Posted on August 9, 2021

SEC Approves Nasdaq’s Plan to Require Board Diversity

Alexandra Olson, Associated Press, August 6, 2021

The Securities and Exchange Commission on Friday approved Nasdaq’s groundbreaking proposal to boost the number of women, racial minorities and LGBTQ people on U.S. corporate boards.

The new policy — the first of its kind for a U.S. securities exchange — requires most of the nearly 3,000 companies listed on Nasdaq to have at least one woman on their board of directors, along with one person from a racial minority or who identifies as gay, lesbian, bisexual, transgender or queer. It also requires companies to publicly disclose statistics on the demographic composition of their boards.


Nasdaq-listed companies with five or fewer board members, however, will only be required have one diverse member. {snip}

Companies that don’t meet the diversity criteria will not be delisted but must publicly explain why they could not comply.


U.S. companies have accelerated efforts to appoint more women and racial minorities to their boards, responding to pressure from investors and elected officials. Nasdaq’s requirement carries significant weight because of its ability to set rules for its listed companies.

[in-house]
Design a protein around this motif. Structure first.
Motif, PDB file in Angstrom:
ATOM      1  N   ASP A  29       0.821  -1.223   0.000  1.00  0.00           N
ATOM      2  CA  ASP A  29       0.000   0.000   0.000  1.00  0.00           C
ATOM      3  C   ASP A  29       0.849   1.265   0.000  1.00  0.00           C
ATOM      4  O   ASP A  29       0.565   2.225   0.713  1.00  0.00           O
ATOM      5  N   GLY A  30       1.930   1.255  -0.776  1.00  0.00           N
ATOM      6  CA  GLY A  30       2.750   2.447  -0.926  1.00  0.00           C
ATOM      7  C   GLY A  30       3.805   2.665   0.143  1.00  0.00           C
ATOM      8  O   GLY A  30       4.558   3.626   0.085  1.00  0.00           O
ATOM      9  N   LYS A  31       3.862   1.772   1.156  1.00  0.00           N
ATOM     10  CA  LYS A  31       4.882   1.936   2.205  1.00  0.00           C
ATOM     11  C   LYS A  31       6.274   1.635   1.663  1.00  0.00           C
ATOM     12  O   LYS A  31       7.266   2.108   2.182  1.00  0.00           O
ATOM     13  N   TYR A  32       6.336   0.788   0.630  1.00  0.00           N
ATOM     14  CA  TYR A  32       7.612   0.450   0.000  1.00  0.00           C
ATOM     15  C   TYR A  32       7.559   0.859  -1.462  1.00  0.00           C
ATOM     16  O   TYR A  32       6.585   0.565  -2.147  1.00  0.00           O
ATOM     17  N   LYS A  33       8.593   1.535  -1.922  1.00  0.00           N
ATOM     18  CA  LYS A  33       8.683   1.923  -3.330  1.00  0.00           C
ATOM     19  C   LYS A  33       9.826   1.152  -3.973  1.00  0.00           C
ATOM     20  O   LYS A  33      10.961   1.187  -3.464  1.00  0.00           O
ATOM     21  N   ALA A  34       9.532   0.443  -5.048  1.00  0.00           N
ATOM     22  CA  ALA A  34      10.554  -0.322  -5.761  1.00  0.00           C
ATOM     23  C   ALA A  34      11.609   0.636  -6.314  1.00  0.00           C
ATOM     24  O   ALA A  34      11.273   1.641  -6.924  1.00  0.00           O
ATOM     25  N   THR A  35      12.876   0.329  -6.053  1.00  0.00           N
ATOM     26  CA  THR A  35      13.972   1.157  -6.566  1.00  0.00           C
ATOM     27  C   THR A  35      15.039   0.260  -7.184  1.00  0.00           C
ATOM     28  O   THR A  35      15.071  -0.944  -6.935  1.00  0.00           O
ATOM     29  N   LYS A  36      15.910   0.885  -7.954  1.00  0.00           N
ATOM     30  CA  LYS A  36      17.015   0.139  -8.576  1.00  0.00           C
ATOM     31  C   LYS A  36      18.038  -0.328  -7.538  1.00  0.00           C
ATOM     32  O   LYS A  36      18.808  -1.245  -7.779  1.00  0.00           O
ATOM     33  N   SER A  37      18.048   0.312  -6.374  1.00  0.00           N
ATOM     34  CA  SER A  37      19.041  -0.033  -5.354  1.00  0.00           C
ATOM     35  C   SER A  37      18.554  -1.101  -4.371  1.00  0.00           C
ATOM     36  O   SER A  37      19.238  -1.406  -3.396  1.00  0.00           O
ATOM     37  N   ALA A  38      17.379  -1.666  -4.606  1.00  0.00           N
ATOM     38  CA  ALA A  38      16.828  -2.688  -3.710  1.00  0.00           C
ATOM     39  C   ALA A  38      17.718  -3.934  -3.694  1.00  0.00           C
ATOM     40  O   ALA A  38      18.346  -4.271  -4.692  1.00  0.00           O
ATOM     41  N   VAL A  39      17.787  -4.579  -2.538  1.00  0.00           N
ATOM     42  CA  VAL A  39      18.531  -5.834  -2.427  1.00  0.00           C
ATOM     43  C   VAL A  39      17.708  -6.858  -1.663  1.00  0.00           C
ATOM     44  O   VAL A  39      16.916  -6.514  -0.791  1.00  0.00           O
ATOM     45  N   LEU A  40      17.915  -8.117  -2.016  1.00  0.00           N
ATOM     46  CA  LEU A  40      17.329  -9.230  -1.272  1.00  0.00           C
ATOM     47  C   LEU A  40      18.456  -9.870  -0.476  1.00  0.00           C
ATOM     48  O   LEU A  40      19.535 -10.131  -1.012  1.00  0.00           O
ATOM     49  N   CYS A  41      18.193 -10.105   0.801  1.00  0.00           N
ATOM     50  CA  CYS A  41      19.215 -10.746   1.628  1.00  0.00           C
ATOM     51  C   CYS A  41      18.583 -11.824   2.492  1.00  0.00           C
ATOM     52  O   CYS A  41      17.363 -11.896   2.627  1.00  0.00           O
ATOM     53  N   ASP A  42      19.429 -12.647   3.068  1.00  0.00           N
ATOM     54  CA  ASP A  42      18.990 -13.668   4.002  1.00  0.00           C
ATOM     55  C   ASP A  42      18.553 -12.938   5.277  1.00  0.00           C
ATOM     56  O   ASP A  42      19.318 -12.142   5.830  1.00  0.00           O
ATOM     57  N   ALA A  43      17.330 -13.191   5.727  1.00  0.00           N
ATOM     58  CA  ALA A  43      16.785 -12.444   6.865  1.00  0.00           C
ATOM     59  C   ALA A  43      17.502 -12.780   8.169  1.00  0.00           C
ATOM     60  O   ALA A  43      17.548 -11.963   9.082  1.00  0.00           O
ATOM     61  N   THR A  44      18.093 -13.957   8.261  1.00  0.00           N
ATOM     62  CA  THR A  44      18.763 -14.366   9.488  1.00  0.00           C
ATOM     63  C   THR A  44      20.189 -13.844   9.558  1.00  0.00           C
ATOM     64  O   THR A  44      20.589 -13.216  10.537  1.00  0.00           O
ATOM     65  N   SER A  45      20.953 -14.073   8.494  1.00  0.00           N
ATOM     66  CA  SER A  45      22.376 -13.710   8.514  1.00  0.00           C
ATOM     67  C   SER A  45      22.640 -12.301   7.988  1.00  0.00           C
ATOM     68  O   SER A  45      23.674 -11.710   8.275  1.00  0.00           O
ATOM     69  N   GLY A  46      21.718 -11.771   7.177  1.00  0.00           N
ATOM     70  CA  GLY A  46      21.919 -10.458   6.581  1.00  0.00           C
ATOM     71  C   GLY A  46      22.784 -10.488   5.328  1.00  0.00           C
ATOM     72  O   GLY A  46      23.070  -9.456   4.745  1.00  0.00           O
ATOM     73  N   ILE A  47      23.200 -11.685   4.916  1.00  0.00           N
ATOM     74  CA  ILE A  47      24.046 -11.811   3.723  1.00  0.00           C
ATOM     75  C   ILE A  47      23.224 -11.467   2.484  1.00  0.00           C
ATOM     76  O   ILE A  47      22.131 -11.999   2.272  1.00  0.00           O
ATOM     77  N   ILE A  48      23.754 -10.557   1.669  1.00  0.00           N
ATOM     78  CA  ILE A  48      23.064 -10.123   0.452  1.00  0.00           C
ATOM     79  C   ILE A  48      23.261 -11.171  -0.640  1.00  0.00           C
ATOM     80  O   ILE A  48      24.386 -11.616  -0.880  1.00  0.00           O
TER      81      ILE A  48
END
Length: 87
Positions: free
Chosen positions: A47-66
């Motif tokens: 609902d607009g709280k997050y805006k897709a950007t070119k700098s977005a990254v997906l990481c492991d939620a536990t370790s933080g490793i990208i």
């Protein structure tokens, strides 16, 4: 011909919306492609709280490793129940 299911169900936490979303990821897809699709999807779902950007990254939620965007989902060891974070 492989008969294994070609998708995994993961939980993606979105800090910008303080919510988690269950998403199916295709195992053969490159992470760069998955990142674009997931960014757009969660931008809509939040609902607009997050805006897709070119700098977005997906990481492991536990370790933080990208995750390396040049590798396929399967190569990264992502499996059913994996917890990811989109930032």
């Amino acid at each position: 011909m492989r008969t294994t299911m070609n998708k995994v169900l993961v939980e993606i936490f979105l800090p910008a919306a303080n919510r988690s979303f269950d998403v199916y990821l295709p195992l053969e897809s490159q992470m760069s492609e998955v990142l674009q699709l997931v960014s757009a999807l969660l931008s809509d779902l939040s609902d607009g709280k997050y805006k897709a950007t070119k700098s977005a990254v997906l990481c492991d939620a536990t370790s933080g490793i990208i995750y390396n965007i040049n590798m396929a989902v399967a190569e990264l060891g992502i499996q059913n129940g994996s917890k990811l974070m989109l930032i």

An overwhelming 82.5% of directors among Fortune 500 company boards were white as of June 2020, according to a study from the Alliance of Board Diversity and the consulting firm Deloitte. The number of racial minorities on Fortune 500 boards rose just 1% between 2018 and June 2020. However, the number of women rose 4 percentage points over two years to 26.5%.

More recently, there has been a surge of appointments of Black board directors. Between July 2020 and May 2021, some 32% of newly appointed board members in the S&P 500 were Black, up from 11% the previous year, according to an analysis by ISS Corporate Solutions.